We all know the typical German Shepherd colors.

But many people occasionally come across gorgeous colors on social media and maybe even in real life.

The color is often not mentioned or plainly mislabeled.

Because in reality, the real German Shepherd colors are shrouded in mystery.

Major pet websites are spreading false information. Additionally, graphics are floating around that feature false GSD colors alongside real ones.

Colors are often not just about preference but Marketing terms for “rare” colors which can reveal an irresponsible breeder.

These so-called breeders offer colors mentioned as faulty by the AKC, or even worse, colors that indicate a crossbreed or underlying health conditions.

The AKC mentions the following in the breed standard:

Color: The German Shepherd Dog varies in color, and most colors are permissible. Strong rich colors are preferred. Pale, washed-out colors and blues or livers are serious faults. A white dog must be disqualified.

AKC Breed Standard – GSD

The AKC breed standard doesn’t mean that other colors are necessarily “bad” but at the very least they’re disqualified from shows.

Furthermore, it’s definitely justified that some colors are among the unaccepted ones.

We’ll dive deeper into how you can avoid undesirable colors and become somewhat of an expert on the GSD’s real colors and patterns.

True German Shepherd Colors

There are 7 acceptable German Shepherd colors:

  • Black and Tan
  • Black and Red
  • Solid Black
  • Sable (dark, black, red variants)
  • Black and Cream
  • Black and Silver
  • Bi-Color
German Shepherd color chart

Black and Tan

Black and Tan is the most common color among German Shepherds.

The classic black and tan German Shepherd is often seen in working lines.

While this dog definitely exists in show lines across the world too, many people in the US prefer the next type that’s more red than tan.

The tan part is also commonly referred to as mahogany or rust in other breeds and everything essentially refers to the same color.

Black and tan German Shepherd is walking on a leash over grass.

How rich or pale this coat type is can vary but it’s a pretty safe choice when it comes to color.

People who want to compete in conformation may need to look more closely at the coat.

Black and Red

As mentioned, black and red German Shepherds are favorites among the show lines.

Black and red German Shepherd tilts his head with the tongue out and a black splotch on the tongue.

A rich, red coat can surely look stunning on a German Shepherd.

Solid Black

The purely black German Shepherd is quite rare and sought-after.

However, be aware of breeders trying to sell you a dog just based on coat color.

While black is a common color among other breeds, the black gene has been found to be recessive in the German Shepherd.

Black German Shepherds are created through a solid black parent with another solid black parent or a black and tan part.

Solid black German Shepherd in the field.

Unless connected to crossbreeding or poor health, color has absolutely nothing to do with behavior and your black GSD may look more menacing but can be a real softie (depending on the genetics and breeding line).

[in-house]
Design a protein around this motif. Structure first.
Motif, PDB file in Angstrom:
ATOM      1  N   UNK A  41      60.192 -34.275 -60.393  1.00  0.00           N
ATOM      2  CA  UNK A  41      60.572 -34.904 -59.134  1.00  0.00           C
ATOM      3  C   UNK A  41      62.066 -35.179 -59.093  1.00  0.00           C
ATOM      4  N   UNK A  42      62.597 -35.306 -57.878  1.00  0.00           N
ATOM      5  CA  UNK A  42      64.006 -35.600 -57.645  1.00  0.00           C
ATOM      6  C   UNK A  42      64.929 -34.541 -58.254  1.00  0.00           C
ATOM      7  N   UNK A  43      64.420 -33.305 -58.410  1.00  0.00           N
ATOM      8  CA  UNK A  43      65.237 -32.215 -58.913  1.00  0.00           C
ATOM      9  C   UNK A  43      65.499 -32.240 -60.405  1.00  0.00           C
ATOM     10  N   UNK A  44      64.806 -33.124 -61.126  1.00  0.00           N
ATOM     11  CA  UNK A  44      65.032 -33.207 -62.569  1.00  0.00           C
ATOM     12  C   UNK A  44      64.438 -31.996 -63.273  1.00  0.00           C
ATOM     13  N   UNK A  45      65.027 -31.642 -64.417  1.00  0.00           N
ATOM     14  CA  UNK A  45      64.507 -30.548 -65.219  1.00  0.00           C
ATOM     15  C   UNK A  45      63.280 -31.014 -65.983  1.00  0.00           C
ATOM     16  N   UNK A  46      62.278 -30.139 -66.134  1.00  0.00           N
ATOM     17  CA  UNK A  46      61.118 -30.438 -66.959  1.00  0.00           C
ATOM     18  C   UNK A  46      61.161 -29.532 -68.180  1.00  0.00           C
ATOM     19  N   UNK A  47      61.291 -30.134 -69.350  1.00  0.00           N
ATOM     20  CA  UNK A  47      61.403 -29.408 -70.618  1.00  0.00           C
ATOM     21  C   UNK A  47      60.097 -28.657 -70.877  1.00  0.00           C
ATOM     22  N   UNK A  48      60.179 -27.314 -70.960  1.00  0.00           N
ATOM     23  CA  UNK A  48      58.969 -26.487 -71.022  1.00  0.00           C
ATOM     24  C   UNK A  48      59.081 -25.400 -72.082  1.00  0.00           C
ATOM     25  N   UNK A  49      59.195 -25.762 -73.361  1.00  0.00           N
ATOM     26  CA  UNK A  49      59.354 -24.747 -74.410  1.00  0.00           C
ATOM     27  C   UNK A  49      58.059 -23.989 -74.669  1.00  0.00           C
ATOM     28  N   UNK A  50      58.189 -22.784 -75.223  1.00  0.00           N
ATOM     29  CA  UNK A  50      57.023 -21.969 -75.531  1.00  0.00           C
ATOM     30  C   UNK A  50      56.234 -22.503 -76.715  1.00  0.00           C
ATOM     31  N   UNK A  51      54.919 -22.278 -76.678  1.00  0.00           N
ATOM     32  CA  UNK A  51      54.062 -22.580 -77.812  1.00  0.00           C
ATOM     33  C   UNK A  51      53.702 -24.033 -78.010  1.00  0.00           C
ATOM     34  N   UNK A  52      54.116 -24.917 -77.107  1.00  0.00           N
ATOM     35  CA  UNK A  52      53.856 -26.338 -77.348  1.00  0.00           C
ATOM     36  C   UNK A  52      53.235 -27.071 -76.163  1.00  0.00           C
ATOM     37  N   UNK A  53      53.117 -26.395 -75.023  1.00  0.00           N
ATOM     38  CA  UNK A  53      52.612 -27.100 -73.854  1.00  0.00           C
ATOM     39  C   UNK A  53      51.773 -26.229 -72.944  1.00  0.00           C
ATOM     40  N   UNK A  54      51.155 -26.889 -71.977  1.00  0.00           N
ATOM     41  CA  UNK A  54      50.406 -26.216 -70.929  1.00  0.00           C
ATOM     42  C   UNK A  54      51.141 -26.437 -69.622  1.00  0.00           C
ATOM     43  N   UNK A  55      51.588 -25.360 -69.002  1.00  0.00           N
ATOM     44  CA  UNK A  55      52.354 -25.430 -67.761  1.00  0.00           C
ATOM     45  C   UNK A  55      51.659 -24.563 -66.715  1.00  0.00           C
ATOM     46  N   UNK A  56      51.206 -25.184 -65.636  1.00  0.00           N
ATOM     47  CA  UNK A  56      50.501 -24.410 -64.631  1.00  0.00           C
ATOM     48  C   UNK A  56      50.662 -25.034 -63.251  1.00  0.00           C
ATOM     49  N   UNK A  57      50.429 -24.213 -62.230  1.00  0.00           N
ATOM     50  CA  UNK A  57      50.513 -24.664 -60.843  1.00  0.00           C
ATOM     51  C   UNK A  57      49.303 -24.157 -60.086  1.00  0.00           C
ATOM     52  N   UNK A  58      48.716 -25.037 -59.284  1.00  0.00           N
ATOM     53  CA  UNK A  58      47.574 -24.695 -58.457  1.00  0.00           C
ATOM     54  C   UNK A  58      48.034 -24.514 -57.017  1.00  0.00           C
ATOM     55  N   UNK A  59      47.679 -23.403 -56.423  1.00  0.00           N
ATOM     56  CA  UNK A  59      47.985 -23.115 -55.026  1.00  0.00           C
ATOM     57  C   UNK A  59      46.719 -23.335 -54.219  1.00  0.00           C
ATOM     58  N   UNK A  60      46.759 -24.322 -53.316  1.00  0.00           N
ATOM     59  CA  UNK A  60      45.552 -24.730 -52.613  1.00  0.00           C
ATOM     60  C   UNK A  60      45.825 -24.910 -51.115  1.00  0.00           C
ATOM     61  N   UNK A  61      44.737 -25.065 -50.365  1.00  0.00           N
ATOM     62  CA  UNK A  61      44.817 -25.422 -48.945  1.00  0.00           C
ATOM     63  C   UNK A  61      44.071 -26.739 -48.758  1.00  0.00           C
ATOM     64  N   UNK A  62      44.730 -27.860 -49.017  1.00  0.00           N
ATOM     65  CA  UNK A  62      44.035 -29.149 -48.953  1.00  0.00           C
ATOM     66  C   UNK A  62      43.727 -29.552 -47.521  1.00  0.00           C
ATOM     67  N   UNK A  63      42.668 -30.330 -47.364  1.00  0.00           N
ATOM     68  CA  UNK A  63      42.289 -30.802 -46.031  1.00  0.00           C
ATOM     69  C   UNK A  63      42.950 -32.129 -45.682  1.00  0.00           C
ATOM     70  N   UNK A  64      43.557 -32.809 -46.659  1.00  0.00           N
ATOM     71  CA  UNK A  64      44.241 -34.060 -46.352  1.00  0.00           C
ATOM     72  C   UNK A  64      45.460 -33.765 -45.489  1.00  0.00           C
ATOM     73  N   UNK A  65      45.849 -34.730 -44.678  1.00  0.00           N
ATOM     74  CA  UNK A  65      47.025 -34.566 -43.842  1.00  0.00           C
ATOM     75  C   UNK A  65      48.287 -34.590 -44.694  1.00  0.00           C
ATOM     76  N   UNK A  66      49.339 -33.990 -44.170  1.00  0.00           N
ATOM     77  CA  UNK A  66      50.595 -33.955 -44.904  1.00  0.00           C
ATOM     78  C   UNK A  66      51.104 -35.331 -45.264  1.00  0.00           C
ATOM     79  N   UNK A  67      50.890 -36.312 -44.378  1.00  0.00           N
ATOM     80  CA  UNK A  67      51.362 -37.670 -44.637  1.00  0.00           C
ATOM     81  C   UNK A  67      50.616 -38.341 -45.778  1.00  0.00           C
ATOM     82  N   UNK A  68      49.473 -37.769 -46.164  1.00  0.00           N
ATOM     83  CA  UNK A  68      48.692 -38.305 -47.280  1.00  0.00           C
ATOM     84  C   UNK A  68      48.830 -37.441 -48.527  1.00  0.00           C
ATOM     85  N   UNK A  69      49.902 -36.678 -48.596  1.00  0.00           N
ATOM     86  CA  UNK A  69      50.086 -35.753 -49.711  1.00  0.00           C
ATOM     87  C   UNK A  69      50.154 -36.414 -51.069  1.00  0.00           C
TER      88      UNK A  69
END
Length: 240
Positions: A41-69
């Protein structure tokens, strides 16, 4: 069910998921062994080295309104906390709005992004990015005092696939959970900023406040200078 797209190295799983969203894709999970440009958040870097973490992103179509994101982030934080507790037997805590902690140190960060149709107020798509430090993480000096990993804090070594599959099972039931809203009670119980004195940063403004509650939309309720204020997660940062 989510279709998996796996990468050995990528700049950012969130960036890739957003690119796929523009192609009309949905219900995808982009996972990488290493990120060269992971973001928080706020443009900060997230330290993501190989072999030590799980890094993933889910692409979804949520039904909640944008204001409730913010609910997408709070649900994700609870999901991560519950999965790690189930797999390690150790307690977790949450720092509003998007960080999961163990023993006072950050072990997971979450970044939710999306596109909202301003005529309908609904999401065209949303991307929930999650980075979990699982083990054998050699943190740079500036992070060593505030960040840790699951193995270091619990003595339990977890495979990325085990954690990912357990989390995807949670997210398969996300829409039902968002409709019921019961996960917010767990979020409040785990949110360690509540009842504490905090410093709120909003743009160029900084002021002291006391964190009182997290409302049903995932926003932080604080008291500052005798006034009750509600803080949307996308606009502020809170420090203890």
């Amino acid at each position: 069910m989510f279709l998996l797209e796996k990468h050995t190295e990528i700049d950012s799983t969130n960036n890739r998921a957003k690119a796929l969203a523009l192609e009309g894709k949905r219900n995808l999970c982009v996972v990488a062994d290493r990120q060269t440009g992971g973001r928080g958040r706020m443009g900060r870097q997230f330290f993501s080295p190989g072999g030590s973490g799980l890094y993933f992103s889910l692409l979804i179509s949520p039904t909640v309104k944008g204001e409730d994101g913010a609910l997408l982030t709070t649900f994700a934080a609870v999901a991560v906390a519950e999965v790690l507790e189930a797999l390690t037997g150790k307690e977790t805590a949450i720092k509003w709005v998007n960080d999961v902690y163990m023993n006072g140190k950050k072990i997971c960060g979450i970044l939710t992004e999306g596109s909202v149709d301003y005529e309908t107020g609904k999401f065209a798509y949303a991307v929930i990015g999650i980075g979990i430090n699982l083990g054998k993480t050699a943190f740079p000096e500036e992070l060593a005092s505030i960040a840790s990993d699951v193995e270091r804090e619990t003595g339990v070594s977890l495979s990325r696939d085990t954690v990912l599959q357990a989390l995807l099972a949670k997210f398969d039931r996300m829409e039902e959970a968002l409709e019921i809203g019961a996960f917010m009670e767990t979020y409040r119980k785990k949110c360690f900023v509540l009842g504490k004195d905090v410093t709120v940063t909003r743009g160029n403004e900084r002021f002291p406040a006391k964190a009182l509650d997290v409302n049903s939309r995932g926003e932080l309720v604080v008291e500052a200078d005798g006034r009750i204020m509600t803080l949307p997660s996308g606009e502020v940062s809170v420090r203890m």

Temperament selection, training, and socialization are what determine how your dog’s going to behave.


The term sable describes a color pattern where dark is most commonly combined with grayish or reddish colors.

Tan and red sable German Shepherds are also possible. In this case, the black is mixed with mainly tan or red.

In any case, the tip of the guard hair is black most of the time.

Sable German Shepherd slowly approaches the camera with his head slightly down.

Sable German Shepherd puppies can change color slightly as they grow.

Dark sable, black sable, and light sable all describe the same color type.

Black and Cream

Since black and cream is not really defined as a GSD color, it’s a bit tricky to pin down.

Most of the time, black and cream German Shepherds have a saddle pattern with a very pale tan, so basically they’re black and light tan GSDs.

Black and cream German Shepherd with light and pale tan color.

According to the AKC standard, this could be described as “pale”, so it’s probably not desirable according to the breed standard.

Black and Silver

This is also not a widely spread color pattern because black and silver German Shepherds are basically a variant of sable or black and very light tan.

Some people with silver dogs (the same applies to people with clearly sable dogs sometimes) refer to their dog as black and gray dogs.

Don’t mix the black and silver type up with the solid gray GSD (I’ll cover that below).


The Bi-color German Shepherd is just a black and tan / red German Shepherd, except that the black covers the whole body except the paws and sometimes around the eyebrows.

This means that the bi-color GSD is somewhere between the classic types with tan or red mixed with black and the solid black type.

Bi-color GSDs are not found that often and are often labeled as one of the terms above due to the confusion around how much tan parts are actually allowed.

Bi-color German Shepherd with black saddle pattern and tan feet and a partly tan tail.

Some owners think that small tan parts don’t disqualify a dog to be solid black – but a solid black is defined as pure black, no other color on the whole body.

Recommended Reading: German Shepherd Straight Back Vs. Sloped Back

Faulty German Shepherd Colors